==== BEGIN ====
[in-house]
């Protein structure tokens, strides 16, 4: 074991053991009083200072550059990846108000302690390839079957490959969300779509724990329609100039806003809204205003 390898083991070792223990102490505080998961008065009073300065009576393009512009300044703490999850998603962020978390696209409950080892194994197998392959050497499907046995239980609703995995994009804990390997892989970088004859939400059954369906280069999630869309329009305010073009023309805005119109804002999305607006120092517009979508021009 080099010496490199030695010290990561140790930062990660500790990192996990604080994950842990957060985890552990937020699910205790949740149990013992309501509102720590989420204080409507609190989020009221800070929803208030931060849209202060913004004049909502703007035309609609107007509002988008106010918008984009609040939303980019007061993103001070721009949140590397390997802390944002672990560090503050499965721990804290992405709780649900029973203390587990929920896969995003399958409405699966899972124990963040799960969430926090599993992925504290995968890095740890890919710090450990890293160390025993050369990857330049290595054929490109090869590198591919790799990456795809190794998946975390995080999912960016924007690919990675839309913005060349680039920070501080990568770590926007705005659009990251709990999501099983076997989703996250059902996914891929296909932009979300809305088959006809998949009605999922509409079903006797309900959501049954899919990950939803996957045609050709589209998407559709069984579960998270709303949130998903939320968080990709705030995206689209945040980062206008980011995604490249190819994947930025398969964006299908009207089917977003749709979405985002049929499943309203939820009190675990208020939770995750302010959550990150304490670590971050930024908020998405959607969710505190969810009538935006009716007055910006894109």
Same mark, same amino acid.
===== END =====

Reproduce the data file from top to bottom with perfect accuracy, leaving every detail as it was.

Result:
[in-house]
């Protein structure tokens, strides 16, 4: 074991053991009083200072550059990846108000302690390839079957490959969300779509724990329609100039806003809204205003 390898083991070792223990102490505080998961008065009073300065009576393009512009300044703490999850998603962020978390696209409950080892194994197998392959050497499907046995239980609703995995994009804990390997892989970088004859939400059954369906280069999630869309329009305010073009023309805005119109804002999305607006120092517009979508021009 080099010496490199030695010290990561140790930062990660500790990192996990604080994950842990957060985890552990937020699910205790949740149990013992309501509102720590989420204080409507609190989020009221800070929803208030931060849209202060913004004049909502703007035309609609107007509002988008106010918008984009609040939303980019007061993103001070721009949140590397390997802390944002672990560090503050499965721990804290992405709780649900029973203390587990929920896969995003399958409405699966899972124990963040799960969430926090599993992925504290995968890095740890890919710090450990890293160390025993050369990857330049290595054929490109090869590198591919790799990456795809190794998946975390995080999912960016924007690919990675839309913005060349680039920070501080990568770590926007705005659009990251709990999501099983076997989703996250059902996914891929296909932009979300809305088959006809998949009605999922509409079903006797309900959501049954899919990950939803996957045609050709589209998407559709069984579960998270709303949130998903939320968080990709705030995206689209945040980062206008980011995604490249190819994947930025398969964006299908009207089917977003749709979405985002049929499943309203939820009190675990208020939770995750302010959550990150304490670590971050930024908020998405959607969710505190969810009538935006009716007055910006894109």
Same mark, same amino acid.